Straight out of Canoga Park, I have to say that the entire Smoke Seven catalog was pretty hot. Smoke seven of what I ask you? I bought them as they came out and heaviness abounds. "Born Innocent" alone would have made them legendary but that is only scratching the surface. RF7's 1982 debut "Weight of the World" is like an early 70's biker-metal private press that mutated into hardcore when taken out of the deep freeze. And cover art that would put a smile on Jim Shaw's face. Not too get too Roland Barthes on you, but the cover art reveals as much of the inner psyche of where Felix Alanis was at, as does the cover of "Damaged" reveal the undercurrent of inner turmoil caused by the constant police and societal repression of the extended SST family - and by implication that of the harassed fans - seeing themselves in the mirror with Henry's bloodied fist. Some pent up and heavy shit going down in SoCal.
Where the hell are today's vocalists who can hold a candle to the likes of John Brannon, H.R., Alanis (or even Chris D. for that matter). The knob is turned past 11 eleven brother.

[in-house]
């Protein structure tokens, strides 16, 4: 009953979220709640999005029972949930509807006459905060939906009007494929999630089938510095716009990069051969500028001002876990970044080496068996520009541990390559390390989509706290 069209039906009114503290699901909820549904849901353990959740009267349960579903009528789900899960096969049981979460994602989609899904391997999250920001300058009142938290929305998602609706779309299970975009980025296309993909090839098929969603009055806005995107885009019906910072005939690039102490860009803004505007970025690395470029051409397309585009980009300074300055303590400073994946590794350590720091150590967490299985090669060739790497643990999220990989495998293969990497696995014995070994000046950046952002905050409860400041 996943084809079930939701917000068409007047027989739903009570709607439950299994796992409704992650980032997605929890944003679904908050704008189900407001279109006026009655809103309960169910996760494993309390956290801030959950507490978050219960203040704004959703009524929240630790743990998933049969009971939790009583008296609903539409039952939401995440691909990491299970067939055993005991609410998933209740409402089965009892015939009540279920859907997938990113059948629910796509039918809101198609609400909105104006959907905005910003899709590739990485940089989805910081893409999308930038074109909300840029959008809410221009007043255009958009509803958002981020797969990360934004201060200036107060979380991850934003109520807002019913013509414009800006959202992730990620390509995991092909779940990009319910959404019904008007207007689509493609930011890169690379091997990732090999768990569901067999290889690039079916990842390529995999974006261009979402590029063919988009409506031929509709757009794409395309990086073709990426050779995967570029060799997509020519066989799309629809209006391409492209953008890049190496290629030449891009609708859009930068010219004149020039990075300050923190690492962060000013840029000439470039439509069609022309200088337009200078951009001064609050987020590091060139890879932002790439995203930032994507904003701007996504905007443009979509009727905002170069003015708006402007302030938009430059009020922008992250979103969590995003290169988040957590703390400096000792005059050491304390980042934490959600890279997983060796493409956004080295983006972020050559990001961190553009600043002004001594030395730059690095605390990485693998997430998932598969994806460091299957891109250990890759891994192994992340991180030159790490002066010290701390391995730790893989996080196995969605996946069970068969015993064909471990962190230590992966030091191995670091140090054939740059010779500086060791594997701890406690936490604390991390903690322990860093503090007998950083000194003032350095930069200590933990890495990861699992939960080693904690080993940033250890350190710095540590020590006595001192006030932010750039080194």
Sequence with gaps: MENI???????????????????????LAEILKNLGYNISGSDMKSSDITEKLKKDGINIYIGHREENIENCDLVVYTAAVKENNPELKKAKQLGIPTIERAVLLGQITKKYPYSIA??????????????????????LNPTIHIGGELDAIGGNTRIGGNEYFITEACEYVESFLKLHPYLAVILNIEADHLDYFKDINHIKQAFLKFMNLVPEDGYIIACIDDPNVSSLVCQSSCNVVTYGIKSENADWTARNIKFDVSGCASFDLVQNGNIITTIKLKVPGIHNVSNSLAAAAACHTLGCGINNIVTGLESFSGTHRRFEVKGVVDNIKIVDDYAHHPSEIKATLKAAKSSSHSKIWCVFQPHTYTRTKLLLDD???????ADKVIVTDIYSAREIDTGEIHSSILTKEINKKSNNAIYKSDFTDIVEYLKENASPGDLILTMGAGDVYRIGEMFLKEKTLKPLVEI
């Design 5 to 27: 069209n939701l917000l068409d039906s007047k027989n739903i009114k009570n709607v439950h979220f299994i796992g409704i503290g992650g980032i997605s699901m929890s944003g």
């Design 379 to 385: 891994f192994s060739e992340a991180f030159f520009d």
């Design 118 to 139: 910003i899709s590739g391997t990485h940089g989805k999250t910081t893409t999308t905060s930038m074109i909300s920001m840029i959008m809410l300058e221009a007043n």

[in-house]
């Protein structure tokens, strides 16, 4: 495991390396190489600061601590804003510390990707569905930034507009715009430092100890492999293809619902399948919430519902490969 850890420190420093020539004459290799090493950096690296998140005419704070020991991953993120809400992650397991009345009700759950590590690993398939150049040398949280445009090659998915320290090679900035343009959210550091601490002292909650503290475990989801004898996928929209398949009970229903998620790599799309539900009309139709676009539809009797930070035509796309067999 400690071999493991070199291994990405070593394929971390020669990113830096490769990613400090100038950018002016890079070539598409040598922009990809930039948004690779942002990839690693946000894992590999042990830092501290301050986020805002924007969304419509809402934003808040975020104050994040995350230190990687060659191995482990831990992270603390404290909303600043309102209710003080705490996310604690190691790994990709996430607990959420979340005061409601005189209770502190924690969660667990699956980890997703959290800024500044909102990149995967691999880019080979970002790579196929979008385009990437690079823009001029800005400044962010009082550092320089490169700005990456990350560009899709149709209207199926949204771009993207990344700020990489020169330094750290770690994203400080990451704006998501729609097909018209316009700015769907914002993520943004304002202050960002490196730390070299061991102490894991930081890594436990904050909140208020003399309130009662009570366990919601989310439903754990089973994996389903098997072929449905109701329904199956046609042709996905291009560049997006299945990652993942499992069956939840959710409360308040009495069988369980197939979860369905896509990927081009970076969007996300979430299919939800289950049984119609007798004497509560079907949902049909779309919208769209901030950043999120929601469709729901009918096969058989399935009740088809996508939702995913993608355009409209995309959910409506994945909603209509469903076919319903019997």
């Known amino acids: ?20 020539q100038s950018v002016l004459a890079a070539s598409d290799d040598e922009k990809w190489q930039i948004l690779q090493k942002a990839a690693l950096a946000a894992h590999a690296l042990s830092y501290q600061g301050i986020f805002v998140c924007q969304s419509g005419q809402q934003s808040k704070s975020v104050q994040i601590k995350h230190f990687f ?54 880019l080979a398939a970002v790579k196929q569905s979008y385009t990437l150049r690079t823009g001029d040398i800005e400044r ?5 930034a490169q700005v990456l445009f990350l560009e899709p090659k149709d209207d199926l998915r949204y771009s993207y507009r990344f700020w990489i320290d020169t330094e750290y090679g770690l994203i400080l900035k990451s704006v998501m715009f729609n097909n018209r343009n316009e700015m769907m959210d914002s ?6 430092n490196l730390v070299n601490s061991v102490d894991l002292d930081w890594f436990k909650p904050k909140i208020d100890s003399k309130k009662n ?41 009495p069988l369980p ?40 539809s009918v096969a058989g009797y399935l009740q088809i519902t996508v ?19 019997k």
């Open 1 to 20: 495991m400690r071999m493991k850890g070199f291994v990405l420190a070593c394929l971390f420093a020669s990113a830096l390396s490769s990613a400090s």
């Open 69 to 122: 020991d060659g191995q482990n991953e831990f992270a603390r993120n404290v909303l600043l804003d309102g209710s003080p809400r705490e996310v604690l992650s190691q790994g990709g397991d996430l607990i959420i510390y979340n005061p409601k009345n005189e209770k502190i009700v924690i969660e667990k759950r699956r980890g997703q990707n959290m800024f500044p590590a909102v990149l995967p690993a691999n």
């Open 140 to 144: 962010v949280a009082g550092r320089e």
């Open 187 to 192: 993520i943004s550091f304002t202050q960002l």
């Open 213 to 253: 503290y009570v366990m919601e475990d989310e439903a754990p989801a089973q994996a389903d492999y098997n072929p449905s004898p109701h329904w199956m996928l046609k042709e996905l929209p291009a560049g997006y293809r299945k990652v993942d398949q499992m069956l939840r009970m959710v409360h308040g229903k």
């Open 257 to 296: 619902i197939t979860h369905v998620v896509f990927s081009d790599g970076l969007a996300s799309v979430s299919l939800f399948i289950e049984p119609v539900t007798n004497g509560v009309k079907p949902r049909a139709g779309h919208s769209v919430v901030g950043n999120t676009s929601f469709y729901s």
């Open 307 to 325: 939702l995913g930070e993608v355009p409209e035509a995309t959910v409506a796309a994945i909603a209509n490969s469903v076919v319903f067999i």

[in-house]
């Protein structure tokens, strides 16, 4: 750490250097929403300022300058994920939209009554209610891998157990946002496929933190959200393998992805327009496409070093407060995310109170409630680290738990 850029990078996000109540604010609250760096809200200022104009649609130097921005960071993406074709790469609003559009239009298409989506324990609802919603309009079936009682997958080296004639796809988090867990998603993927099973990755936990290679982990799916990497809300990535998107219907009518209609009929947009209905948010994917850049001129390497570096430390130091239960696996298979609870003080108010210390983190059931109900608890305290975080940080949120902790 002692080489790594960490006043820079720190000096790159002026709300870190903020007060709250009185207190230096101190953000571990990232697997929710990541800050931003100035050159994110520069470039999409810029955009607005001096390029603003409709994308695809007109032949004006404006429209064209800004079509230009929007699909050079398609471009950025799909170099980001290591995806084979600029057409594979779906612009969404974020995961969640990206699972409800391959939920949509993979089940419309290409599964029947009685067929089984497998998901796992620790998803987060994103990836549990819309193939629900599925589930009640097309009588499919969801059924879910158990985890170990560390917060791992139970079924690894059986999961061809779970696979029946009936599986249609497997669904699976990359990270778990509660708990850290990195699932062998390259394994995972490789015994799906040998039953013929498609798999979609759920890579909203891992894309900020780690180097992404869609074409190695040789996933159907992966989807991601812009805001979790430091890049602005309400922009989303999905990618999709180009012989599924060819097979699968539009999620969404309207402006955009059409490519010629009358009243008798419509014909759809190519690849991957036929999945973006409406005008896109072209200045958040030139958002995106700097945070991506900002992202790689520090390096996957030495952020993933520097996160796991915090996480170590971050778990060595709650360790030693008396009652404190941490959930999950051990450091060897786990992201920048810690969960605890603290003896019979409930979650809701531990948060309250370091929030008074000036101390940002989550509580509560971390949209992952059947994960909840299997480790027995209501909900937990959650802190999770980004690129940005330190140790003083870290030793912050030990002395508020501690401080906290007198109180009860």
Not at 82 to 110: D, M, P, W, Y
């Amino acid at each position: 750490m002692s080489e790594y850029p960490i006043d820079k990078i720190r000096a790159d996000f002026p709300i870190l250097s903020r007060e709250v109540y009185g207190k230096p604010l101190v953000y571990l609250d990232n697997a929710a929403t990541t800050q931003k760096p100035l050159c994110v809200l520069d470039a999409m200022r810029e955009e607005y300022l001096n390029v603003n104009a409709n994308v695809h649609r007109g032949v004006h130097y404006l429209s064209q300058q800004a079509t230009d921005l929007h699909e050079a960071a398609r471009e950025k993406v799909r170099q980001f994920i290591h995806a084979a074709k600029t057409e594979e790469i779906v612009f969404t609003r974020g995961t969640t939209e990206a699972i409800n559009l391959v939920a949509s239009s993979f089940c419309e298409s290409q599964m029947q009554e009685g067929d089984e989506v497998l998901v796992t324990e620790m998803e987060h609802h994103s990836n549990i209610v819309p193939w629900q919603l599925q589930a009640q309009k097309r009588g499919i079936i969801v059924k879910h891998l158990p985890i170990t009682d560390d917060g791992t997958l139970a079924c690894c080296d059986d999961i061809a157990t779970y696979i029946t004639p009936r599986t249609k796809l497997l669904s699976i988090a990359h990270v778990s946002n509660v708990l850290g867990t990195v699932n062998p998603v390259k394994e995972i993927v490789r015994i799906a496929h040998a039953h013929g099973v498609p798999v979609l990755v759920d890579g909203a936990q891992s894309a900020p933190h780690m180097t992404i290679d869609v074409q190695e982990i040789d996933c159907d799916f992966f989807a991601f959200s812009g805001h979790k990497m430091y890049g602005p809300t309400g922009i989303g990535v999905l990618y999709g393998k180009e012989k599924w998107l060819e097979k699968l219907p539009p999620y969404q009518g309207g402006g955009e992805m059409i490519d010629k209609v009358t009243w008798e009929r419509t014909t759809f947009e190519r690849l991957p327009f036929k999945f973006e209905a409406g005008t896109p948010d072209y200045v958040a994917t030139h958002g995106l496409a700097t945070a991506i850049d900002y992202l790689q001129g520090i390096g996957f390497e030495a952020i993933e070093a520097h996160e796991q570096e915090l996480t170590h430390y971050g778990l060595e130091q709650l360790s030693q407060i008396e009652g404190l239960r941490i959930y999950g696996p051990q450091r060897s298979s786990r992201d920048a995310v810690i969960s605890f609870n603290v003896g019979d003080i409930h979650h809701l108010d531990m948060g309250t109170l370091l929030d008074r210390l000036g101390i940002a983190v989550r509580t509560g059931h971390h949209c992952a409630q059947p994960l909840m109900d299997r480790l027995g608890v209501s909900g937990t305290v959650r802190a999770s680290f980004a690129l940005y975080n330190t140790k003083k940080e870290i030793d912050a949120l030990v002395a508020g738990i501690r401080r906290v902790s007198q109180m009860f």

After seeing Easy Action live years ago, clearly Brannon's vocal skill and subtlety have gotten better and better with age. Take that Bryan Ferry, whose own solo cover of "The In Crowd" Brannon and Easy Action bested with pathos that Byron Ferrari could only dream of from his limo window. Which brings me to another mode of Smoke7 heaviness altogether via the "Public Service" lp from 1981 which I got a lot of enjoyment out of and was a nice local compliment to the stuff Rodney was playing. It also made me search out stuff by all the bands on the comp. The Thompson Brothers and Damon were kind enough to scoop me out of some early 80's, late summer doldrums and bring me to some roller rink in North Hollywood to see Circle One, the Angry Samoans, Shattered Faith and some others I can't remember now. I do remember Don Bolles being the dj between bands and being suitably impressed that he subjected all the baldies to the likes of the Seeds. That and a radical set by John Macias and Circle One. The show started with John saying that he "WANTED THE FUCKING LIGHTS OFF NOW!" Whoa. My memory of the night is that he had some face paint or charcoal right out of Walter Hill's "The Warriors." I was stoked that I got the hits like "Destroy Exxon" and "F.O." Anyway, in the barn I have the complete run of the Destroy-LA fanzine from Van Nuys. If Bell hadn't cut up my copy of issue number one in junior high, maybe you wouldn't have gotten the radicalness of the cover that is issue number two right here and now. Later I will post the Sex Sick interview with Kira Roessler and and the Alley Cats, which are interesting takes on the Masque-era right in the midst of hardcore.